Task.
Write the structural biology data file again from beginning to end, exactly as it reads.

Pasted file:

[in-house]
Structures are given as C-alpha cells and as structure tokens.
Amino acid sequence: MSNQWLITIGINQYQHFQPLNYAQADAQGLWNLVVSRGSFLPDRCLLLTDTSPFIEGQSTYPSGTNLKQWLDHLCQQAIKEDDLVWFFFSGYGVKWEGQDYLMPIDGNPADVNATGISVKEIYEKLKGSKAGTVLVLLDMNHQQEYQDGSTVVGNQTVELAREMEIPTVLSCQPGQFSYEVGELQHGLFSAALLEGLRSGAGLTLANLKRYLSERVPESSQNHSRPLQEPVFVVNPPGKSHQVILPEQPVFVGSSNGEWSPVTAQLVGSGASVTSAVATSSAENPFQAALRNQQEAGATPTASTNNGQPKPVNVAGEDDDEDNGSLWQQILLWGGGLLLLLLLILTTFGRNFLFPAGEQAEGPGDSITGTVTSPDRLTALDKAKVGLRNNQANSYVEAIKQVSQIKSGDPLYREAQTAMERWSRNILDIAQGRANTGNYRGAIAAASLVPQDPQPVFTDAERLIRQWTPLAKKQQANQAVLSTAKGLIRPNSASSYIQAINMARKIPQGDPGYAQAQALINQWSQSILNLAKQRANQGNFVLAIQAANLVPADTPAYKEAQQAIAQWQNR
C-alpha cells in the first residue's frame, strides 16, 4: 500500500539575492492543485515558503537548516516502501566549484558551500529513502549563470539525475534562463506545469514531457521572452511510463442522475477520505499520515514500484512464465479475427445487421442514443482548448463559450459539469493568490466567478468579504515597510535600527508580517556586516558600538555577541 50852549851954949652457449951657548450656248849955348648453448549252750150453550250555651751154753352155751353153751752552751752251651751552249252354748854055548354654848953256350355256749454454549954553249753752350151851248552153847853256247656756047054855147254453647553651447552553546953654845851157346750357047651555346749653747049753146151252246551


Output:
[in-house]
Structures are given as C-alpha cells and as structure tokens.
Amino acid sequence: MSNQWLITIGINQYQHFQPLNYAQADAQGLWNLVVSRGSFLPDRCLLLTDTSPFIEGQSTYPSGTNLKQWLDHLCQQAIKEDDLVWFFFSGYGVKWEGQDYLMPIDGNPADVNATGISVKEIYEKLKGSKAGTVLVLLDMNHQQEYQDGSTVVGNQTVELAREMEIPTVLSCQPGQFSYEVGELQHGLFSAALLEGLRSGAGLTLANLKRYLSERVPESSQNHSRPLQEPVFVVNPPGKSHQVILPEQPVFVGSSNGEWSPVTAQLVGSGASVTSAVATSSAENPFQAALRNQQEAGATPTASTNNGQPKPVNVAGEDDDEDNGSLWQQILLWGGGLLLLLLLILTTFGRNFLFPAGEQAEGPGDSITGTVTSPDRLTALDKAKVGLRNNQANSYVEAIKQVSQIKSGDPLYREAQTAMERWSRNILDIAQGRANTGNYRGAIAAASLVPQDPQPVFTDAERLIRQWTPLAKKQQANQAVLSTAKGLIRPNSASSYIQAINMARKIPQGDPGYAQAQALINQWSQSILNLAKQRANQGNFVLAIQAANLVPADTPAYKEAQQAIAQWQNR
C-alpha cells in the first residue's frame, strides 16, 4: 500500500539575492492543485515558503537548516516502501566549484558551500529513502549563470539525475534562463506545469514531457521572452511510463442522475477520505499520515514500484512464465479475427445487421442514443482548448463559450459539469493568490466567478468579504515597510535600527508580517556586516558600538555577541 50852549851954949652457449951657548450656248849955348648453448549252750150453550250555651751154753352155751353153751752552751752251651751552249252354748854055548354654848953256350355256749454454549954553249753752350151851248552153847853256247656756047054855147254453647553651447552553546953654845851157346750357047651555346749653747049753146151252246551